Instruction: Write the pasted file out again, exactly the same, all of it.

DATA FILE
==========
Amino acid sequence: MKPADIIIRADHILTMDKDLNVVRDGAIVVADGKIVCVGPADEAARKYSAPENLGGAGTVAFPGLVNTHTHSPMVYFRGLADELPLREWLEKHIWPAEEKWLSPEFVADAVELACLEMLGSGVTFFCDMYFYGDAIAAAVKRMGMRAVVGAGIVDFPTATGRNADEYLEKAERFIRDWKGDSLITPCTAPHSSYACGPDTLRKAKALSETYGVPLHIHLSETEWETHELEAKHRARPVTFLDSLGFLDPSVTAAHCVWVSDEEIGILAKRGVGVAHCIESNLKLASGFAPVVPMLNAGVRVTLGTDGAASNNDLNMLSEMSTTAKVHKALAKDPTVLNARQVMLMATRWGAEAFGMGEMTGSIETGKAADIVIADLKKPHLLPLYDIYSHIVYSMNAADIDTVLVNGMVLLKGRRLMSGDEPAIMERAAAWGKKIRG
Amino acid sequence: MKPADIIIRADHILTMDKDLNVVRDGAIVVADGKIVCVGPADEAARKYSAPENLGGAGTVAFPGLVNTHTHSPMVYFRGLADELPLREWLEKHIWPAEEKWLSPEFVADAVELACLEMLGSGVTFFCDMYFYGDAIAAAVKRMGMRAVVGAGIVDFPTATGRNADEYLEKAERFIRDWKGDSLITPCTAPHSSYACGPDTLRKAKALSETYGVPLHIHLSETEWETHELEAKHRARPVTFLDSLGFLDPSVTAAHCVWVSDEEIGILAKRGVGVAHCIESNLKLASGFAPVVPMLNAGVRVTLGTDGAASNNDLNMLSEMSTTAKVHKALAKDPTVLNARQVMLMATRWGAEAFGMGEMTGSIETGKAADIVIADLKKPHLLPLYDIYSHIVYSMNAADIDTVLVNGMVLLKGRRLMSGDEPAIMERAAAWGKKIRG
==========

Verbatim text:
Amino acid sequence: MKPADIIIRADHILTMDKDLNVVRDGAIVVADGKIVCVGPADEAARKYSAPENLGGAGTVAFPGLVNTHTHSPMVYFRGLADELPLREWLEKHIWPAEEKWLSPEFVADAVELACLEMLGSGVTFFCDMYFYGDAIAAAVKRMGMRAVVGAGIVDFPTATGRNADEYLEKAERFIRDWKGDSLITPCTAPHSSYACGPDTLRKAKALSETYGVPLHIHLSETEWETHELEAKHRARPVTFLDSLGFLDPSVTAAHCVWVSDEEIGILAKRGVGVAHCIESNLKLASGFAPVVPMLNAGVRVTLGTDGAASNNDLNMLSEMSTTAKVHKALAKDPTVLNARQVMLMATRWGAEAFGMGEMTGSIETGKAADIVIADLKKPHLLPLYDIYSHIVYSMNAADIDTVLVNGMVLLKGRRLMSGDEPAIMERAAAWGKKIRG
Amino acid sequence: MKPADIIIRADHILTMDKDLNVVRDGAIVVADGKIVCVGPADEAARKYSAPENLGGAGTVAFPGLVNTHTHSPMVYFRGLADELPLREWLEKHIWPAEEKWLSPEFVADAVELACLEMLGSGVTFFCDMYFYGDAIAAAVKRMGMRAVVGAGIVDFPTATGRNADEYLEKAERFIRDWKGDSLITPCTAPHSSYACGPDTLRKAKALSETYGVPLHIHLSETEWETHELEAKHRARPVTFLDSLGFLDPSVTAAHCVWVSDEEIGILAKRGVGVAHCIESNLKLASGFAPVVPMLNAGVRVTLGTDGAASNNDLNMLSEMSTTAKVHKALAKDPTVLNARQVMLMATRWGAEAFGMGEMTGSIETGKAADIVIADLKKPHLLPLYDIYSHIVYSMNAADIDTVLVNGMVLLKGRRLMSGDEPAIMERAAAWGKKIRG